Either the headlines or your social media feed no doubt made you aware that this week (Thursday, specifically) the National Park Service celebrated its 100th birthday. It has been called the best idea America ever had, and although a good argument could be made in favor of nachos it's hard to dispute that.

Growing up in the featureless, flat, expansive Midwest the NPS was not a thing I was familiar with directly until my late teens. During a trip to Arizona during a very difficult time in my life I passed a sign for something called Walnut Canyon National Monument and, on a lark, I decided to stop and see what this place I had never heard of was all about. I'll spare you the sappy writing about the experience and say simply that I was hooked immediately and amazed that something that obscure could be so great. It was natural (puns!) for me to wonder what else was hiding in plain sight behind those NPS signs.

Having the complete-ist personality that compels me to Collect 'Em All when I become interested in something, from that moment in 2003 (and a few follow-up visits to other sites in Arizona) I decided that before I depart the mortal coil I am going to visit every one of the 413 units and counting of the National Park Service. Oh, I was so naive and ambitious back then. It was an unrealistic goal.

Just kidding. I'm currently at 217. At this rate I'll have them all before I'm 50.

Basically all of my vacations involve me checking as many of them off my list as I can. Very few things make me happier than finally reaching a destination that until that moment has only been a name on a list and a green dot on a map to me. True, not everything in the System qualifies as "mind blowing" but I can count the number of times I have been disappointed or failed to see or learn something interesting on one hand. The NPS is very important to me. It's melodramatic to say it Saved My Life; that's going a bit far. But it did give me a sense of purpose, a mission to complete, a list that seems to go on and on and ensures that there is always something new for me to get in the car and find the next time I can get away from work.

If I can muster the time and motivation this weekend I'll post some highlight pictures of places I've been. I'm not a souvenir buyer, but I do take a ton of pictures. If I could go back in time and tell 2003 Ed that a dozen years down the road he would be more than halfway through the list, he would probably roll his eyes. In hindsight, the only regret I have is not starting sooner.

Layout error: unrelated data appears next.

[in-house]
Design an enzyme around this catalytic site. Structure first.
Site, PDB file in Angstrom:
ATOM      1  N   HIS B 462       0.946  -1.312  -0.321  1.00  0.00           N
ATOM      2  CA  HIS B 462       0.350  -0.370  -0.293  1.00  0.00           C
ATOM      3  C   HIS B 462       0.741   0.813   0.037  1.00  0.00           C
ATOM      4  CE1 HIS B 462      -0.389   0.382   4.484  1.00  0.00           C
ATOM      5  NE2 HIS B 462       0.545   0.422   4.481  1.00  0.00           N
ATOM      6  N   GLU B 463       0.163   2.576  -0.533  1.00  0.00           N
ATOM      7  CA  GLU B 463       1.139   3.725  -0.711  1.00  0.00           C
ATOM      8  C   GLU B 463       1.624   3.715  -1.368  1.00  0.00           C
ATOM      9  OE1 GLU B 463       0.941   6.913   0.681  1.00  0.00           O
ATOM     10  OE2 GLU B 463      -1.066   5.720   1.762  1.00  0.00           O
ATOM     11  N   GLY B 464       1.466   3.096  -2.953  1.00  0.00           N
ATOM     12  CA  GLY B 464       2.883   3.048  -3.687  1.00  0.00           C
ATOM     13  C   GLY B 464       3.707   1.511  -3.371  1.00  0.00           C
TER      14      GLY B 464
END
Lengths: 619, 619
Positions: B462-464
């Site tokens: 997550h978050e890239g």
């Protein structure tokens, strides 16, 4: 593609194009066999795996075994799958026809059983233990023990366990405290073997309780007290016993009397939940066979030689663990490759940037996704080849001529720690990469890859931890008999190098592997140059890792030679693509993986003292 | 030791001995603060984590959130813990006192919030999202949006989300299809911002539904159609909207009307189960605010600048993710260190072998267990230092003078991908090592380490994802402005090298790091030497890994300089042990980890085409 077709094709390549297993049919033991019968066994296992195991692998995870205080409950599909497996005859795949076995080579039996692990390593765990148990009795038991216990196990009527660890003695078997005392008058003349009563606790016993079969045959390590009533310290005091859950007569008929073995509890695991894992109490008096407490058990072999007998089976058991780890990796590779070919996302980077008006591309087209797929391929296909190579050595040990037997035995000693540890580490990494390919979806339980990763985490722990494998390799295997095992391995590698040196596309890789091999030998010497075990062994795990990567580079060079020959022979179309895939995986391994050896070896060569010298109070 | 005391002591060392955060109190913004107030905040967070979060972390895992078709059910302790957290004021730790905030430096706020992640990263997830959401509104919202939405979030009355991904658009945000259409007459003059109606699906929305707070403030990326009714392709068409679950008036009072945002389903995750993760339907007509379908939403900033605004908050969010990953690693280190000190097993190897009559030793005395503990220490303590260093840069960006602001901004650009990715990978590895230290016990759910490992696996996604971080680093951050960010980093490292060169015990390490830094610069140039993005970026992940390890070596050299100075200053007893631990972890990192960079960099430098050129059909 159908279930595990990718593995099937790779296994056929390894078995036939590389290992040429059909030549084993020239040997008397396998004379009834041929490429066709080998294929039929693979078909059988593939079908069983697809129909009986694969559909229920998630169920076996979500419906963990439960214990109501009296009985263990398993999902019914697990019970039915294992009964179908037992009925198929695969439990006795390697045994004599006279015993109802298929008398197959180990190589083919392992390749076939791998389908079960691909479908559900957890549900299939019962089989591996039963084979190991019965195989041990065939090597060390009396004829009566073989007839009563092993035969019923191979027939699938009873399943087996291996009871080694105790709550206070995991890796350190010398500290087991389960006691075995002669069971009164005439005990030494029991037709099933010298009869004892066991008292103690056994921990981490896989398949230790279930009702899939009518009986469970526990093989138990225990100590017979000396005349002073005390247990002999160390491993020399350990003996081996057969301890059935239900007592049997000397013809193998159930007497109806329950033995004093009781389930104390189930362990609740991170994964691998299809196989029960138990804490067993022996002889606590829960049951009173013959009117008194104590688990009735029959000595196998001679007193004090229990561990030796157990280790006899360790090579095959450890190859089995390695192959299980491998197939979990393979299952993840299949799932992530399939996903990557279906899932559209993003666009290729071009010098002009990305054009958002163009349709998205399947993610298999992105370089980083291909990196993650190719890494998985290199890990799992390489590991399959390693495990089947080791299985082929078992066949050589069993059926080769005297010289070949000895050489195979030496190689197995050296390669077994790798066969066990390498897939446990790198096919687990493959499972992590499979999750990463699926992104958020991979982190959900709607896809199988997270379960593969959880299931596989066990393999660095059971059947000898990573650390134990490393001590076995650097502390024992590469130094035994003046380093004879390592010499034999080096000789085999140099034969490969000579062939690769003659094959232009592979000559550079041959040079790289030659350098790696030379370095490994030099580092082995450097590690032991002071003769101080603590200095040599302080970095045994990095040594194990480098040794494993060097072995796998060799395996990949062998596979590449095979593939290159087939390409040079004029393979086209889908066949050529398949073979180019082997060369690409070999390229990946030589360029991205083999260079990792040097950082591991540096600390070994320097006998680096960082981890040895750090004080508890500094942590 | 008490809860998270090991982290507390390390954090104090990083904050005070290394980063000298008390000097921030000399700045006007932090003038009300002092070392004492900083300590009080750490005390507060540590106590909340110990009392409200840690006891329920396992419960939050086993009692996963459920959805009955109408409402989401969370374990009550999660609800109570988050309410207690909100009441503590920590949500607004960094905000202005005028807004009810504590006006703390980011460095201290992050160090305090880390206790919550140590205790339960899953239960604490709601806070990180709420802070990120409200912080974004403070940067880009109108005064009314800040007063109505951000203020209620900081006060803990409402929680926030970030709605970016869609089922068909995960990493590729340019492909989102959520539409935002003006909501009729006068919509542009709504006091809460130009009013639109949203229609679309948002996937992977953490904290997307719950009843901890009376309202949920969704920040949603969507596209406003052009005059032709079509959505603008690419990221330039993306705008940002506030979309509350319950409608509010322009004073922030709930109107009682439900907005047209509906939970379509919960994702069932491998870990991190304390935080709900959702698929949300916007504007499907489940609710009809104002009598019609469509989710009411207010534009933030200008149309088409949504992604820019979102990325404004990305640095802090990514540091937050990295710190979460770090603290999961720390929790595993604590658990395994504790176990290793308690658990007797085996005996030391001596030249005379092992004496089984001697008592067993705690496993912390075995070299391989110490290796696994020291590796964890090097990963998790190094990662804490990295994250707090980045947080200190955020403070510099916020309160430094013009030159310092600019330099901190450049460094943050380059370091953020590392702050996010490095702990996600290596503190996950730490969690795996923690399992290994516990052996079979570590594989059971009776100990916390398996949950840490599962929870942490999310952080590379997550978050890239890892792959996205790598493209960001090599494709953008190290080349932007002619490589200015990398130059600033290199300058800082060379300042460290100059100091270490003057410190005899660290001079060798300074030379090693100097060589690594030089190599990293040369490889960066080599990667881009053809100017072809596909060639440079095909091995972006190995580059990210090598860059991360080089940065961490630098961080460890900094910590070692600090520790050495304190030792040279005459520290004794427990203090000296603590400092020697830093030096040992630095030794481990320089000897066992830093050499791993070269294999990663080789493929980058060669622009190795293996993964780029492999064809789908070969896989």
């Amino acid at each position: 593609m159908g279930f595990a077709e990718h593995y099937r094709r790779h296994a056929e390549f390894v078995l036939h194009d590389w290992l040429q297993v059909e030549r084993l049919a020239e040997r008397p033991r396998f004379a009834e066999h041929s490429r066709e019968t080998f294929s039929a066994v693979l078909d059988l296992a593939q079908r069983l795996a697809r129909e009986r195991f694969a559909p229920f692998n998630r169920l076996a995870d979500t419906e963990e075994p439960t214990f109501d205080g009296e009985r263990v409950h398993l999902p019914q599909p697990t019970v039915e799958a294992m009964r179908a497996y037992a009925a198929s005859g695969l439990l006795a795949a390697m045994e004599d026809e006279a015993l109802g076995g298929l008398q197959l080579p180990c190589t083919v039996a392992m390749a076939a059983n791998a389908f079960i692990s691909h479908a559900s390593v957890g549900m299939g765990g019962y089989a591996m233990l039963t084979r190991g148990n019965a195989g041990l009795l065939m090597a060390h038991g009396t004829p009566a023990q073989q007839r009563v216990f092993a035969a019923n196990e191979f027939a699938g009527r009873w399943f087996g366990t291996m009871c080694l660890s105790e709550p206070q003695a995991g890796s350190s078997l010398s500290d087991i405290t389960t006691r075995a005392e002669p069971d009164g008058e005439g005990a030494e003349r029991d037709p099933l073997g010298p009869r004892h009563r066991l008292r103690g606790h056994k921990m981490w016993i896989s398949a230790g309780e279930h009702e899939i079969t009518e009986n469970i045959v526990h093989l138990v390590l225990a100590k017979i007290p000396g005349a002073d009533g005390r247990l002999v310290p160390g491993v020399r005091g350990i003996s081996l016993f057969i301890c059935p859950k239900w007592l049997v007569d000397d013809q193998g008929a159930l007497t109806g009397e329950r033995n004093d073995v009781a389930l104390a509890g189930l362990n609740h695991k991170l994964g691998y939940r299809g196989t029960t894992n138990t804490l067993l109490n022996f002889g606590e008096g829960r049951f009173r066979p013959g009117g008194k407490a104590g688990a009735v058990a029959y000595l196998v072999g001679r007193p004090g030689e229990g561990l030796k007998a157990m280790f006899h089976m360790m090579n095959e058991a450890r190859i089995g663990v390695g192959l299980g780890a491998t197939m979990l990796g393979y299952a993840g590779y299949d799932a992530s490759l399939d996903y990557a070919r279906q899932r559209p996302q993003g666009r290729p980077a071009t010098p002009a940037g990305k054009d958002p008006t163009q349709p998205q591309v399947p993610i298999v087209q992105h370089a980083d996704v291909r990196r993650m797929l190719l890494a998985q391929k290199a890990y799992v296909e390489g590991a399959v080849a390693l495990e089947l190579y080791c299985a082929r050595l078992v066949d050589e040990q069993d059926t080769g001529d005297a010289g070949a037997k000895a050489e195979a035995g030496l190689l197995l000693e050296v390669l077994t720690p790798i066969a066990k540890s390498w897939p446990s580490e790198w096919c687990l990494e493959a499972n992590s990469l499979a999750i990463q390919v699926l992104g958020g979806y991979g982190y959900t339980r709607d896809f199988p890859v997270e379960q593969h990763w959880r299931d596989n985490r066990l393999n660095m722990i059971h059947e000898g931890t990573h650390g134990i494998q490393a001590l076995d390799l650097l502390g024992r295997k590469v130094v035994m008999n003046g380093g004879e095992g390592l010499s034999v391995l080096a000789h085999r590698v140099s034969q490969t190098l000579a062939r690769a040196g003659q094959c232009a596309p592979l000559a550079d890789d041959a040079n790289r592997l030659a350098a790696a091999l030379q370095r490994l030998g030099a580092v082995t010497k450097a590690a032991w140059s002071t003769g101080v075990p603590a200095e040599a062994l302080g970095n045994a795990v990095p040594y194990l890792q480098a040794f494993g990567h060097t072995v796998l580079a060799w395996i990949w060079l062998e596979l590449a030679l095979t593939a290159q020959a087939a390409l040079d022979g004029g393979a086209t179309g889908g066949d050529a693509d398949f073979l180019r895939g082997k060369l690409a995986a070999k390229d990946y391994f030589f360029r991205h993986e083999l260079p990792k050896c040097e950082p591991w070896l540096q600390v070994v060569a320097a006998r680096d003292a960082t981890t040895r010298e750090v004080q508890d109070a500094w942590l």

Happy birthday, NPS. Even George W. Bush couldn't slow you down, although god knows he tried.

31 thoughts on “NPF: THE CENTENNIAL”

  • I feel like I should also point out that the National Park Service also administer the Historic Preservation Tax Credit program. I have been involved with many projects that used these tax credits to renovate, restore, and reuse historic buildings. They are available for commercial projects, AND private residences. We have used them to create museums, restorations, and conversions of buildings to new uses, saving them and augmenting the history; and people love them anew.

    One of my favorite recollections is a reuse of a shoe Factory in West Bend, Wisconsin (yes, the all-white West Bend where Trump chastised black people) where at the Open House, many of the people who worked there, walked through, and pointed out where their machines were located…

  • @Zombie Rotten Mcdonald; wow, that must have been a great feeling to see people proud of where they work and feeling the importance of it! (that's not snark, in case you couldn't tell)

    Years ago, before 9/11, I brought some Dutch clients to Washington DC and showed them around. They were astounded that the Smithsonian museums (which are part of the National Parks system) were completely free to visit. My Dutch wasn't the best and wasn't up to explaining how the park system works, so I said in Dutch that it was a present from the American people to the world. Later on I reflected on those words, which were more true than I knew. I look at what I pay in taxes and I'm glad it goes to maintain the National Parks that anyone can enjoy.

    Is this the part where I point out that the Republicans are trying to sell off the public parks to private owners?

  • @zombie rotten mcdonald thanks for reminding me about that program. Ed, a future real estate project of mine is an old historic house in the Maryland countryside that we're trying to figure out how to rehab. Let me know if you're interested in learning more about it.

  • My son and I just did Pictured Rocks National Lake Shore in Michigan's Upper Peninsula.

    Very cool. Highly highly recommend. And us Midwesterners can easily drive there.

  • NPS is where I always say my tax dollars go. Makes me feel better…
    It is one of the best ideas, if not the best ever.
    Thanks for bringing it up.

  • My son and I just returned from a week rafting the Lower Grand Canyon. Beauty beyond our expectations plus it was a week completely off the grid.

    We live 1mile north of Valley Forge National Park. While not a vast expanse of wilderness, it is an important part of our national history and I love riding through it, which I do several times a week. If you ever come to see this one, post a note and I'll buy you a burger and a beer.

  • c u n d gulag says:

    I used to love going to some of the parks here in NY. But I only camped there a few times.

    I loved walking the trails around some of the lakes, and the hiking trails.

    There are some NPS parks within the confines of NY City. I had a 5th grade teacher who took us on several trips there. One of them was a bird sanctuary not too far from JFK Airport. Who knew?

    I don't like camping anymore. I was ok with it when I was younger. But now, my idea of "roughing it" or camping, is staying in a hotel/motel without a bar! ;-)

  • @Lou Gravity: